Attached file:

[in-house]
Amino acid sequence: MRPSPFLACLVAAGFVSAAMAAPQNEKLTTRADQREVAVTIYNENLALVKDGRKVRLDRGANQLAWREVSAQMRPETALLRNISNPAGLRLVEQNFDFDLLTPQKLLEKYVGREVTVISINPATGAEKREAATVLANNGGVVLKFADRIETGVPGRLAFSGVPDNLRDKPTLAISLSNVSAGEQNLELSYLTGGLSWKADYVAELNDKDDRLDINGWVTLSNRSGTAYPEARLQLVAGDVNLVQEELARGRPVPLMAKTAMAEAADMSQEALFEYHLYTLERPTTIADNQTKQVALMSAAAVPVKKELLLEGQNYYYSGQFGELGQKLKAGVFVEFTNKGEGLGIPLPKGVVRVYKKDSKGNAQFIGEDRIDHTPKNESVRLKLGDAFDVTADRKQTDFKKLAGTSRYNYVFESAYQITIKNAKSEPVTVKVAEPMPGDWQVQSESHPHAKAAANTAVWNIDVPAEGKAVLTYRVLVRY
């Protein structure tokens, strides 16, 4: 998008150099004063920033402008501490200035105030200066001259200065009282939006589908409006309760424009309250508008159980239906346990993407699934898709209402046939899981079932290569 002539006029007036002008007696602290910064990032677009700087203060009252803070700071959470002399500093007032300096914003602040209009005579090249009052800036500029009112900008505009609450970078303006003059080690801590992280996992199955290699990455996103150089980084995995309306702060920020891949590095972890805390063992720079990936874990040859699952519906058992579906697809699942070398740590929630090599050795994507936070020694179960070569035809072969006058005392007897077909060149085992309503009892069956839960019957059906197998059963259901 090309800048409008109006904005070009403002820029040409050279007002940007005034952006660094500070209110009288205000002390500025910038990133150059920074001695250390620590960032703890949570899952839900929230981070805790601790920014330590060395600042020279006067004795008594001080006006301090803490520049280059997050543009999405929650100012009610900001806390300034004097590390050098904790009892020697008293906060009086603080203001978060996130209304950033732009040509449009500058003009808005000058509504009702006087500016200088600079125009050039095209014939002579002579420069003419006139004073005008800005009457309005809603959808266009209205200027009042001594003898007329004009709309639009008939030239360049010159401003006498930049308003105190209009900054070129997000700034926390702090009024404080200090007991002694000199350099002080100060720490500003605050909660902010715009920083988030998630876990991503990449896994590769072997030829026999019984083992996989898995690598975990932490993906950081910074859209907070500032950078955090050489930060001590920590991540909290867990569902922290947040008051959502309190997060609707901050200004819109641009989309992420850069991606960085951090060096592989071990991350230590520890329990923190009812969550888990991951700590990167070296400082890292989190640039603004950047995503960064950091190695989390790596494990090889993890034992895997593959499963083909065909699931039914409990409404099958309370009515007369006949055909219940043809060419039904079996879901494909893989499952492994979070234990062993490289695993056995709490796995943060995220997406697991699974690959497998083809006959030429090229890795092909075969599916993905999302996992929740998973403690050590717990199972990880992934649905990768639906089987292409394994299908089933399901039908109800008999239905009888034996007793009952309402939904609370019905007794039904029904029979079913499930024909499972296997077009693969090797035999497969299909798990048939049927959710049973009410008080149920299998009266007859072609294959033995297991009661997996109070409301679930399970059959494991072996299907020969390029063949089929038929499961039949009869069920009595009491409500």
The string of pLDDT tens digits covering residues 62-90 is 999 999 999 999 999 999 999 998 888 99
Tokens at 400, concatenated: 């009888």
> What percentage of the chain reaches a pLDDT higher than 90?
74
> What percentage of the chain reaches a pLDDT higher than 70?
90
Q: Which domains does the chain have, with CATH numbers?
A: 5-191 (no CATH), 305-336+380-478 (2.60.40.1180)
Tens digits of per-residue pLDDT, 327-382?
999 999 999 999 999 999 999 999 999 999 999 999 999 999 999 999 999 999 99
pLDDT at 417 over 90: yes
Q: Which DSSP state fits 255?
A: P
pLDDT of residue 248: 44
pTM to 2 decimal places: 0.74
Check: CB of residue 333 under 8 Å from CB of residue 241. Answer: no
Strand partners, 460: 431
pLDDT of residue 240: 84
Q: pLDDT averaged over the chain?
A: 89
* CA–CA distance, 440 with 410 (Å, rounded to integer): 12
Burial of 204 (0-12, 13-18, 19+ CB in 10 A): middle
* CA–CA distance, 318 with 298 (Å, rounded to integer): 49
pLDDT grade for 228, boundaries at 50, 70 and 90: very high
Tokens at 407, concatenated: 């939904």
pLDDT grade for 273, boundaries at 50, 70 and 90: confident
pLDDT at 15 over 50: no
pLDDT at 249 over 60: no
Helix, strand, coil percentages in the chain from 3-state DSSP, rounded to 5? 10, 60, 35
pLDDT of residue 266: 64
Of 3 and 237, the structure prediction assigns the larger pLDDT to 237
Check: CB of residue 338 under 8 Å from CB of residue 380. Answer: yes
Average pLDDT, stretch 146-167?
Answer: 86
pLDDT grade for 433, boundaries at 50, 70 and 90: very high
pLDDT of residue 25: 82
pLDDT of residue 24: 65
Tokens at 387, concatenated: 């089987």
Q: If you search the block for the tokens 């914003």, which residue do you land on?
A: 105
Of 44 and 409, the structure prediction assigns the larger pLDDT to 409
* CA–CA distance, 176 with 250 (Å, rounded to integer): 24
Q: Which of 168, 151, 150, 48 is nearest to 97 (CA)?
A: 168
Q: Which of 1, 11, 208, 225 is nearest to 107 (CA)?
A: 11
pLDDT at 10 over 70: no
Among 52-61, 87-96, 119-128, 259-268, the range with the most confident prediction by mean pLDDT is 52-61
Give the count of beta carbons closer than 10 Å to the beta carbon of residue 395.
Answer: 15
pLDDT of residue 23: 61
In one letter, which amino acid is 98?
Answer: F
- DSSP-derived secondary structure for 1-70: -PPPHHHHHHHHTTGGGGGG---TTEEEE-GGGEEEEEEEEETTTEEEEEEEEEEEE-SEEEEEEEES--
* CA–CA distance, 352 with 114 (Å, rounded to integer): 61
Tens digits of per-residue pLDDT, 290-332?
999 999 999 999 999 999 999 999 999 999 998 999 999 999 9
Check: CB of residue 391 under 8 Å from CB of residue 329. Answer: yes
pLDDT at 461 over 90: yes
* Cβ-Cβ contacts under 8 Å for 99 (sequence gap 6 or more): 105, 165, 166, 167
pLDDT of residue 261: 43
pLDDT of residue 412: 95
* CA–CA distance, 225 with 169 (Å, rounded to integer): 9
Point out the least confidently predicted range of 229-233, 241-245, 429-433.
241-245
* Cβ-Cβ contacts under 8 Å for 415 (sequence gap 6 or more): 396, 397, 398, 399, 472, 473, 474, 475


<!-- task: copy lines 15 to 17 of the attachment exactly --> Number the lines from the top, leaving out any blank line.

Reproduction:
Q: Which DSSP state fits 255?
A: P
pLDDT of residue 248: 44